Ankara promptly requested an emergency meeting under Article IV of NATO’s charter, which calls on the alliance to consult when any member deems its “territorial integrity, political independence or security” to be threatened. This is a step short of invoking the sphincter-puckering Article V— “one for all and all for one,” invoked only once, after September 11—but only a step. The invocation of Article IV is a rare and serious thing.

On June 26, NATO convened. The alliance condemned Syria while suggesting that military retaliation was not in the cards. Michael Weiss of the Telegraph reported that according to an (unnamed) US government source present at the meeting. Ankara asked the alliance to draw up contingency plans for a no-fly zone to protect Turkish territory.

On the same day, Prime Minister Recep Tayyip Erdo?an addressed the Turkish Parliament. It is superfluous to note that his tone was furious because his tone is always furious; suffice to say these events did not becalm him. He said that the nation’s wrath was strong and devastating. Syria had become a military threat to Turkey, and the military’s rules of engagement had been adjusted accordingly. He did not say how the rules of engagement had been changed, save to say that “every military element from Syria at the Turkish border that forms a security risk and danger will be assessed as a threat and be treated as a military target,” which is more than a bit imprecise. Some observers claimed that this announcement heralded the creation of a de facto buffer zone, but they were wrong: The statement was meaningless without specific information about the new rules of engagement.

The Turkish military began moving missile batteries, tanks, heavy weapons and troops to the Syrian border. State-run TRT television showed footage of convoy upon convoy of military vehicles, border-bound, escorted by police cars, anti-aircraft artillery, military ambulances and grim-faced generals. Erdo?an was photographed in a turboprop trainer that looked a bit like a fighter jet, wearing dark sunglasses. The local press was full of locutions such as “Red alert,” and “License to kill,” but it is important to understand that most of the Turkish press on a good day observes the reporting standards of the National Enquirer on a bad one, so nothing meaningful may be inferred from this.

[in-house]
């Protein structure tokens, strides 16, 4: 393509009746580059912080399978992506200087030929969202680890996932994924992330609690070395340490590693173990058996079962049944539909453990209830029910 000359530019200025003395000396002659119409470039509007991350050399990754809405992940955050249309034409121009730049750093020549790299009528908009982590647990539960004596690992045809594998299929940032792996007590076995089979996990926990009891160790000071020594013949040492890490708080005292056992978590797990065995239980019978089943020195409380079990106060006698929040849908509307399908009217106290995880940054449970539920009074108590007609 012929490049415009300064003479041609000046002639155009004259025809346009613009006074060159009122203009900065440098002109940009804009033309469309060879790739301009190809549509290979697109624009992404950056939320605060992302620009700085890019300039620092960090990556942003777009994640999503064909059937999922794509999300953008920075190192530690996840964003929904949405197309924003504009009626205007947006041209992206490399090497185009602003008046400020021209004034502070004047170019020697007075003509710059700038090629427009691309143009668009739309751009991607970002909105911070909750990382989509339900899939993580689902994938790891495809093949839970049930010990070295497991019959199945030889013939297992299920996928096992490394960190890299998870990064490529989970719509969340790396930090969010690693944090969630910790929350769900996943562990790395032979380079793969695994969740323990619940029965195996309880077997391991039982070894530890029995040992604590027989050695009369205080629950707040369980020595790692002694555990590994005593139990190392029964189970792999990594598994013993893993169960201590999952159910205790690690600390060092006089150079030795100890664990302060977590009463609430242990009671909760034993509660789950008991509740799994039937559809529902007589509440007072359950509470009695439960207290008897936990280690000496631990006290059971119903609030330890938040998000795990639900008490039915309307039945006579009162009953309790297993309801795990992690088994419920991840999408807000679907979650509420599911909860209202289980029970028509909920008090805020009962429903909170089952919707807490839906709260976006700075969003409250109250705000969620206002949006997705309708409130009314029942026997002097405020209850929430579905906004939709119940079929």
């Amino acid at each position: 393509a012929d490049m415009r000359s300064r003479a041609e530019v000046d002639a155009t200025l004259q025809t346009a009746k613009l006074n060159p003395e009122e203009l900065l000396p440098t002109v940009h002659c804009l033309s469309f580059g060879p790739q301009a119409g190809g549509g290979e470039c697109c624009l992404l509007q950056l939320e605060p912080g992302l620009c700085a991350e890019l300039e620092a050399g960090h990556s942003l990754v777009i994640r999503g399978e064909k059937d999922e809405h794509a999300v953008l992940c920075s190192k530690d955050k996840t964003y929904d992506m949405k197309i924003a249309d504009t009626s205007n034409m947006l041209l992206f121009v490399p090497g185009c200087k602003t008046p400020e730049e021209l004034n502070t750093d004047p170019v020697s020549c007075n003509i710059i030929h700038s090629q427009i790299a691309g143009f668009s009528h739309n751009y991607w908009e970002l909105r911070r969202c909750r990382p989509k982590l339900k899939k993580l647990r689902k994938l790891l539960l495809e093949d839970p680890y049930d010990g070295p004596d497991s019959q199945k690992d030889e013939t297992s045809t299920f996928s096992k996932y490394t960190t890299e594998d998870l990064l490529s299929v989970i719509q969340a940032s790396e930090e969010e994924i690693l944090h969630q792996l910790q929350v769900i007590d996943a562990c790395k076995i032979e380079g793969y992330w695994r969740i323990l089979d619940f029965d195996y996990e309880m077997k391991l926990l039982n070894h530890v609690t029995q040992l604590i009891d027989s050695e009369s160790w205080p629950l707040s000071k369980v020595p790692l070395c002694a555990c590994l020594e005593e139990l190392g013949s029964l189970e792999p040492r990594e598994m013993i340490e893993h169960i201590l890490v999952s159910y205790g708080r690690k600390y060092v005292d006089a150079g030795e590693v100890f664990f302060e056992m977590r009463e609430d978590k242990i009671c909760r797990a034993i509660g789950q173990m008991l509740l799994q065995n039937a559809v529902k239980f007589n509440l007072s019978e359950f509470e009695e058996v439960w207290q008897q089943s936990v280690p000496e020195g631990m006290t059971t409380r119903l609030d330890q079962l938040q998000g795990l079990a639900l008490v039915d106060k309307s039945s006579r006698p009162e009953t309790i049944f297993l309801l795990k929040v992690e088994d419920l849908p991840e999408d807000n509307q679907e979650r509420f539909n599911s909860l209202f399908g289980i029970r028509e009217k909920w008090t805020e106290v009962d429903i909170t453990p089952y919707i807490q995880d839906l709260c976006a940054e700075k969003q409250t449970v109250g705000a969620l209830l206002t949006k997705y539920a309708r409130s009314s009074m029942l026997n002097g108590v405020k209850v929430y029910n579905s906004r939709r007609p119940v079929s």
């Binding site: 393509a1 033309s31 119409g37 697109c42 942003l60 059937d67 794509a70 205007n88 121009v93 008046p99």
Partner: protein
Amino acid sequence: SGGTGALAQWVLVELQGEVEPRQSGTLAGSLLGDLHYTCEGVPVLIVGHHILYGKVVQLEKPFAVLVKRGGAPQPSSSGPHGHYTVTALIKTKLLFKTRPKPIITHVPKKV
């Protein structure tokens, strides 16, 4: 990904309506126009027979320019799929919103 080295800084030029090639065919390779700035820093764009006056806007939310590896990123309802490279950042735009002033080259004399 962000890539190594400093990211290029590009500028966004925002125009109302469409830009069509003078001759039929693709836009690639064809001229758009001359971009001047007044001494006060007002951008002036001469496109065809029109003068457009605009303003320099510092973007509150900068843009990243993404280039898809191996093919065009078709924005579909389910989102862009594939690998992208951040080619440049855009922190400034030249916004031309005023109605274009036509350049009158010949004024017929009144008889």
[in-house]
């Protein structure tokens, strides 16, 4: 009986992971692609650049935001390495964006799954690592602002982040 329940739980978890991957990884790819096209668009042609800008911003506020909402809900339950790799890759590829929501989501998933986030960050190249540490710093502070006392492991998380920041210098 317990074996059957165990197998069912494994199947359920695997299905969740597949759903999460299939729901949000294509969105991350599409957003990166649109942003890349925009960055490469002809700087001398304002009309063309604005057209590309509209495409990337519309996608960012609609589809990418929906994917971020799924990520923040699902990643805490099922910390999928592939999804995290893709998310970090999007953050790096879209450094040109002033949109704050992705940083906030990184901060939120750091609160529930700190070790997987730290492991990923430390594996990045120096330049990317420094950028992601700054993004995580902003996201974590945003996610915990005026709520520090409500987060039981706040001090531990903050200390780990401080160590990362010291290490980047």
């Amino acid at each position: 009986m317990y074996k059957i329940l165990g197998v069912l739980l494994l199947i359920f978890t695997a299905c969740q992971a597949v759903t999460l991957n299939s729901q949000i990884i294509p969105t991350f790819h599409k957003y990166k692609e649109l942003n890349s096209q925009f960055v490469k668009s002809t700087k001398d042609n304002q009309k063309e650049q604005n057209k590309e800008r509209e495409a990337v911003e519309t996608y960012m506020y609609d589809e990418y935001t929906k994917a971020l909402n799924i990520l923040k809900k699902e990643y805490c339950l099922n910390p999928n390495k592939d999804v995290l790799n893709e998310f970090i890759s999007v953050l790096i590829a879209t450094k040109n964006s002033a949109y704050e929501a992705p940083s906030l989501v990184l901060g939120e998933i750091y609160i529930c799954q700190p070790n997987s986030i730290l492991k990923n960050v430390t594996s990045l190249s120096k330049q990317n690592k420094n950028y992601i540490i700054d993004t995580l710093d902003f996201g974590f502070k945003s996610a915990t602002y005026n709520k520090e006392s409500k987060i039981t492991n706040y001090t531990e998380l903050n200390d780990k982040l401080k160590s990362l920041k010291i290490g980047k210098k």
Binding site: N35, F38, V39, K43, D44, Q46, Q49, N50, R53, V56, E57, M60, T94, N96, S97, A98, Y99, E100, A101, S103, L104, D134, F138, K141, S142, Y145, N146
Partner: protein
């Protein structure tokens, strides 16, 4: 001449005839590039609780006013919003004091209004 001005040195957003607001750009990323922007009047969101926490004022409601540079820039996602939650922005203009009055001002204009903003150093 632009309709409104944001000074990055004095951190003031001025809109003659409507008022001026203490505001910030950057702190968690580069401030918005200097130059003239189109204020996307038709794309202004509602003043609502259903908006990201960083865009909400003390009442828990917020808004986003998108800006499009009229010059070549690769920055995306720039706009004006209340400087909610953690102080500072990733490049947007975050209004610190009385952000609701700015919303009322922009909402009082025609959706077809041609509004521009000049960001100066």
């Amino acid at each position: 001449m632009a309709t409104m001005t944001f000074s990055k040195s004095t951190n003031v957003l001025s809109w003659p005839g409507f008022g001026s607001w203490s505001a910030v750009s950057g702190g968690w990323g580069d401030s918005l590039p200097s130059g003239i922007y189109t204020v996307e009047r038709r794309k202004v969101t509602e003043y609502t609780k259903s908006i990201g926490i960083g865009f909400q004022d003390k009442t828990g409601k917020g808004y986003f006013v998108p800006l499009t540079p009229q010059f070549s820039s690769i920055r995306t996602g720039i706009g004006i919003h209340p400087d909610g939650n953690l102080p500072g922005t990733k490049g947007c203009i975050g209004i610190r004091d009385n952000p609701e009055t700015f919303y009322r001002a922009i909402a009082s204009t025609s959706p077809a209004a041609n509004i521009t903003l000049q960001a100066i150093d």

Erdo?an began making speeches on television featuring typical Erdo?an rhetoric such as, “We will not hesitate to teach a lesson to those who aim heavy weapons at their own people and at neighboring countries.” Then again, if it’s true, as recently reported, that the Ayatollah Khamenei emerged from his mother’s womb barking “Ya Ali!” it is surely also true that Erdo?an emerged from the womb threatening to teach someone a lesson. I don’t believe I recall a day here during which he hasn’t threatened to teach someone a lesson; I’ve always assumed the prime minister’s daily schedule involves bathing, praying, swearing at journalists, praying, making someone an offer he couldn’t refuse, praying, calling Obama to chuckle over the challenges of raising teenage girls, praying, threatening to teach someone a lesson, then praying again.

Secretary of State Hillary Clinton, however, called the attack “brazen and unacceptable” and said Washington would cooperate closely with Ankara to promote a transition in Syria. Those are words from which something significant might be inferred—but what, I’m not sure.